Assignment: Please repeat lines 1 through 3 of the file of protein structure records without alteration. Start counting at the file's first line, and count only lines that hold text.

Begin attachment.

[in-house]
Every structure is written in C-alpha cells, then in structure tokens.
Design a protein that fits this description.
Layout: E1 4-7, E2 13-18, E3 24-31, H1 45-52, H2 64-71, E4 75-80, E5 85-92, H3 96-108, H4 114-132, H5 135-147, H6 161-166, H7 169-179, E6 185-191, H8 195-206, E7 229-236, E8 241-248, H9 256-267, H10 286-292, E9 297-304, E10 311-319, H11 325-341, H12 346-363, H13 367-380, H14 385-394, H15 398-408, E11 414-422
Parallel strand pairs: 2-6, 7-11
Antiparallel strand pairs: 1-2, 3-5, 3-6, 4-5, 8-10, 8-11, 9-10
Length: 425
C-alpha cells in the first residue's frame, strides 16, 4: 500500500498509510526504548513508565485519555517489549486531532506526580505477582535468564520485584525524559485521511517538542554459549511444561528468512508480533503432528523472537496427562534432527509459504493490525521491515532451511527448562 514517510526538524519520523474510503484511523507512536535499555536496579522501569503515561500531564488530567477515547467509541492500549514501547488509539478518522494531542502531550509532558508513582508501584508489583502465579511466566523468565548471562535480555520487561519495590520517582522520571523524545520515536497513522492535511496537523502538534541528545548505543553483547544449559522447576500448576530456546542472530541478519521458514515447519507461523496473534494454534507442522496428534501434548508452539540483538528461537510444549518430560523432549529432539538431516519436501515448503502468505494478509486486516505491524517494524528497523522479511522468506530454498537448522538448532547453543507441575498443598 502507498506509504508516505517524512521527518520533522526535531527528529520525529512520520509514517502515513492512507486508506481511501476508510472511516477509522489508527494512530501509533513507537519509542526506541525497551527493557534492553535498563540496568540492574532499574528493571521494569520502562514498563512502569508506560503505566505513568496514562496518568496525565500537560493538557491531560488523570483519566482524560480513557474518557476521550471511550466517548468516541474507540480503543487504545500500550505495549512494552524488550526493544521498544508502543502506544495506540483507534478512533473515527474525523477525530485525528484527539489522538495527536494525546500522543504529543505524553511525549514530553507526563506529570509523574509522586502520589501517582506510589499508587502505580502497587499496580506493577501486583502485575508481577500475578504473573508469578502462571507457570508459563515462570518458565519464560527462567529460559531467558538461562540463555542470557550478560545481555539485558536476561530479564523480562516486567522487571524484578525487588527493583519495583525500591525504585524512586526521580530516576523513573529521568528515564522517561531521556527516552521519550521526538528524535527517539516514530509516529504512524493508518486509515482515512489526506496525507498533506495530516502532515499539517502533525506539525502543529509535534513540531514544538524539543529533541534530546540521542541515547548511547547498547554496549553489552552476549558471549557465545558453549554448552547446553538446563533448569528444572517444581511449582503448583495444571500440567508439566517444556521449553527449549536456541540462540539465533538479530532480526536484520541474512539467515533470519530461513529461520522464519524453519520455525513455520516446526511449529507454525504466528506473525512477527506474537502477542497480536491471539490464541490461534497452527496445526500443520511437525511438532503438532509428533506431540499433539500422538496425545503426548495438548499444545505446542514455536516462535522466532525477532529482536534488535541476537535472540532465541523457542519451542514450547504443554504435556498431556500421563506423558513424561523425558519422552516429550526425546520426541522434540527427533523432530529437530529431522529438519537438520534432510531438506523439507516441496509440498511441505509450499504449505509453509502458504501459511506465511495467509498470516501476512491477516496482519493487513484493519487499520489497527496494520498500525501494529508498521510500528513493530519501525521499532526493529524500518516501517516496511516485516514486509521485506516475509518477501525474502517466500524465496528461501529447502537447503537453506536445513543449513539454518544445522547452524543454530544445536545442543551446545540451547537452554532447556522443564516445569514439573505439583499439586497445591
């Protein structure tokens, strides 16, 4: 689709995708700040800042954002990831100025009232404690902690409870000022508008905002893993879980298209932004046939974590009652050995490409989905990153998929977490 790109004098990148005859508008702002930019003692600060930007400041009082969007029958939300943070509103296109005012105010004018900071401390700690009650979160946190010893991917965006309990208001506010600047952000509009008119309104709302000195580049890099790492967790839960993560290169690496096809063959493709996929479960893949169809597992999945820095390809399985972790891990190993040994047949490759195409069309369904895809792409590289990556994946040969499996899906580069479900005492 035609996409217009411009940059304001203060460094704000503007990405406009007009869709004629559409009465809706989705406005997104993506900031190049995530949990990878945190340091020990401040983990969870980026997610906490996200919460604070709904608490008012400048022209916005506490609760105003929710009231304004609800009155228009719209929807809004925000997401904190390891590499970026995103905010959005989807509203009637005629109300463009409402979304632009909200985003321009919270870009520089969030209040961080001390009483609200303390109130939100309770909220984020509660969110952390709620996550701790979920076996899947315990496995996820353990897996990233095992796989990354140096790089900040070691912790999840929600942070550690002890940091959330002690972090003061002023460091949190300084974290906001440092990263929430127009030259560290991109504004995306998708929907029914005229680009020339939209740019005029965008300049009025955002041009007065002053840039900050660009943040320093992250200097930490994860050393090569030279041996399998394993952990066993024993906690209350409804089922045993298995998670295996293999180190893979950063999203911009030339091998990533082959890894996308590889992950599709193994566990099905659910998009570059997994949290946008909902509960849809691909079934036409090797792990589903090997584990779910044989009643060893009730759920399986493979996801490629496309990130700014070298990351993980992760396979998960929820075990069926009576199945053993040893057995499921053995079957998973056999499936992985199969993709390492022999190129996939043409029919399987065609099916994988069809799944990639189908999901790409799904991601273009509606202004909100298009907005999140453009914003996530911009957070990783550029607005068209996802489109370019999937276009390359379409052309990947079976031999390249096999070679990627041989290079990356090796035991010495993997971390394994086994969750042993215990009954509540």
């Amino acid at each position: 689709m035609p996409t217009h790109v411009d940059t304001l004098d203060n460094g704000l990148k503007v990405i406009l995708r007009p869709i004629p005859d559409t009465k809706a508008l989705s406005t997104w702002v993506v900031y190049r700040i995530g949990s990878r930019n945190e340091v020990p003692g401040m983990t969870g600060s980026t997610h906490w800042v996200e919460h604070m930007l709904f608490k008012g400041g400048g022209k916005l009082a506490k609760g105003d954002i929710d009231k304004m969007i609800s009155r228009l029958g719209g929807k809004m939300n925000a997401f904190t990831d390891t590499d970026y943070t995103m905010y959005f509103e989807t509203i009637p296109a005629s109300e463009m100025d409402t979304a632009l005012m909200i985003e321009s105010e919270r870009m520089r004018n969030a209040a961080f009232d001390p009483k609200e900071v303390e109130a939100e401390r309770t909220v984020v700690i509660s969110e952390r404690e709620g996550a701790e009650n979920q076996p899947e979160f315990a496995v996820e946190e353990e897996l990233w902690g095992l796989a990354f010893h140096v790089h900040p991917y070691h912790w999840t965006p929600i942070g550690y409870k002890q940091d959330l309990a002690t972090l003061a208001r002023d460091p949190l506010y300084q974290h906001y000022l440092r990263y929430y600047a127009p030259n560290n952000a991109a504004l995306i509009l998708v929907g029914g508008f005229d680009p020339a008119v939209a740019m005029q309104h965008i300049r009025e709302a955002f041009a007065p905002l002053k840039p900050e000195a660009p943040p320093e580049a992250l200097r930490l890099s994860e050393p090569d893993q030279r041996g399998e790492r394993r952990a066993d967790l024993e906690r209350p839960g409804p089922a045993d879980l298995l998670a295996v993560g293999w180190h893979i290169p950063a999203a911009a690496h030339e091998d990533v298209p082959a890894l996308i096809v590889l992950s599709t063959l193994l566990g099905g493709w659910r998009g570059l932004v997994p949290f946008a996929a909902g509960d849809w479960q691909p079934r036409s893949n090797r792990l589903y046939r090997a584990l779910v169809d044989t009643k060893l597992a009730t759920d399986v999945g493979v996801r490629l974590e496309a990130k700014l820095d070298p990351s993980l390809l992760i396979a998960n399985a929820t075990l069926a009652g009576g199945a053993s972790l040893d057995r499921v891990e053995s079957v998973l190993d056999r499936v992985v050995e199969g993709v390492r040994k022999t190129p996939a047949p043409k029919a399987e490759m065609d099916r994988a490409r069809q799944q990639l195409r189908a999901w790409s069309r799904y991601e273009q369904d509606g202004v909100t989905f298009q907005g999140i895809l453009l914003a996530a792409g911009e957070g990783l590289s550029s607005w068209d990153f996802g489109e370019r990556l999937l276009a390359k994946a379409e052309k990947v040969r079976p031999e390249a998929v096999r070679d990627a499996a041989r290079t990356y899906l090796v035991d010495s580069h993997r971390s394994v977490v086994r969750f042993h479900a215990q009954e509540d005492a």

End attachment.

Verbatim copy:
[in-house]
Every structure is written in C-alpha cells, then in structure tokens.
Design a protein that fits this description.